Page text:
Apologies are important in interpersonal relations. Just think about the emotional turmoil caused by a person who never apologizes, never says “I’m sorry.” Probably, that person will get called some rather ugly names.
It seems that the inability or refusal to apologize has been in the news a lot lately. First, on Wednesday, September 9, 2009, Rep. Joe Wilson, showing a complete lack of respect, interrupted President Obama’s speech before a joint session of Congress by heckling “you lie.” Although he called the White House the next day to apologize, he did it only after “the leadership called” and asked him to do so. But, how sincere was it?: News stories reported that the Congressman refused to apologize again, saying in effect, that he apologized Wednesday night and it was accepted. So that should be enough. He refused to issue an apology to his colleagues, a “public” apology. In response, the House of Representatives voted 240-179 (with five lawmakers voting “present”) to admonish and rebuke him for his breach of decorum and “[degrading] the proceedings to the discredit of the House.” (See, http://www.cnn.com/2009/POLITICS/09/15/wilson.resolution/index.html?iref=newssearch) Notably, initially, he blamed his rude outburst on his emotions.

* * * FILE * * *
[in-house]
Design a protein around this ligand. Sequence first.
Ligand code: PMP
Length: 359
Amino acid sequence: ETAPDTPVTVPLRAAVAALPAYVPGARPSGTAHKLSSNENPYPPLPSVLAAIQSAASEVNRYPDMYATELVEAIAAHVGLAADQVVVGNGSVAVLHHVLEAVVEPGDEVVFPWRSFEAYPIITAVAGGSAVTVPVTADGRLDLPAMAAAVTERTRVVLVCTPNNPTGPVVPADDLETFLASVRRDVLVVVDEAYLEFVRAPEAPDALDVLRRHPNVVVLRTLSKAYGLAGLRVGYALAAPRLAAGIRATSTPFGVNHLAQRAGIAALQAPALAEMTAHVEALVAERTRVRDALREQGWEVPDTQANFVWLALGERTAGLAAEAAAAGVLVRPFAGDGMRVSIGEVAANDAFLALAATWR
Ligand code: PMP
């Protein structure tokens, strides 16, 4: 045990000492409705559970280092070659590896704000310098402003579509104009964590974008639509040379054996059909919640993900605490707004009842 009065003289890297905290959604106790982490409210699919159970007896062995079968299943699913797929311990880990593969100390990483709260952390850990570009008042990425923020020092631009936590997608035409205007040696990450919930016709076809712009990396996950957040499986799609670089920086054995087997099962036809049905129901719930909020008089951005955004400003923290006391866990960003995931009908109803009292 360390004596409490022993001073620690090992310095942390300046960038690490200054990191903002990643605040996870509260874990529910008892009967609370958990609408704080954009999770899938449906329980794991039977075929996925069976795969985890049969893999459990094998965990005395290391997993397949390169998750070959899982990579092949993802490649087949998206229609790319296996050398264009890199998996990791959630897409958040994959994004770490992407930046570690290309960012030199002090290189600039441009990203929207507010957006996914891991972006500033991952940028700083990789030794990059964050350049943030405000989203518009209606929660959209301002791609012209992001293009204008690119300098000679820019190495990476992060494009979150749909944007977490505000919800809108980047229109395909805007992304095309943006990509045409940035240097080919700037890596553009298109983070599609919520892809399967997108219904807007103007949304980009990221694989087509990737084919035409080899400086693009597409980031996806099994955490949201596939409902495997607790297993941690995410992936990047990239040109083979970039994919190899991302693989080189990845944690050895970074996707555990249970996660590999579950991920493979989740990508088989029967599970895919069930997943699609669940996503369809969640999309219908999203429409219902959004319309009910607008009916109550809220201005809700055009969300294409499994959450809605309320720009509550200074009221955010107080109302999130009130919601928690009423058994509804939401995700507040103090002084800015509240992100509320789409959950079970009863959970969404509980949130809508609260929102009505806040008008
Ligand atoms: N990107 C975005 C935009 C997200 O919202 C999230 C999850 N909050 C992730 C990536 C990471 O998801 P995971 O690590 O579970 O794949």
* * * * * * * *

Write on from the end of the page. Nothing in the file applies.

Then, there was the outburst by Serena Williams towards a line judge when the latter called a double foot fault in the semi-final women’s match at the U.S. Open on Saturday, September 12, 2009. That fault was to cost Ms. Williams a point, if not the match. So, Ms. Williams went after the line judge, a petite woman, holding her racket as though it was an assault weapon and threatening (with interlaced obscenities), to shove the ball down the line judge’s throat. When the line judge later reported that Ms. Williams threatened to kill her, Ms. Williams denied it, evidently not comprehending that a threat to shove a ball down someone’s throat is, in essence, a threat to do deadly bodily harm.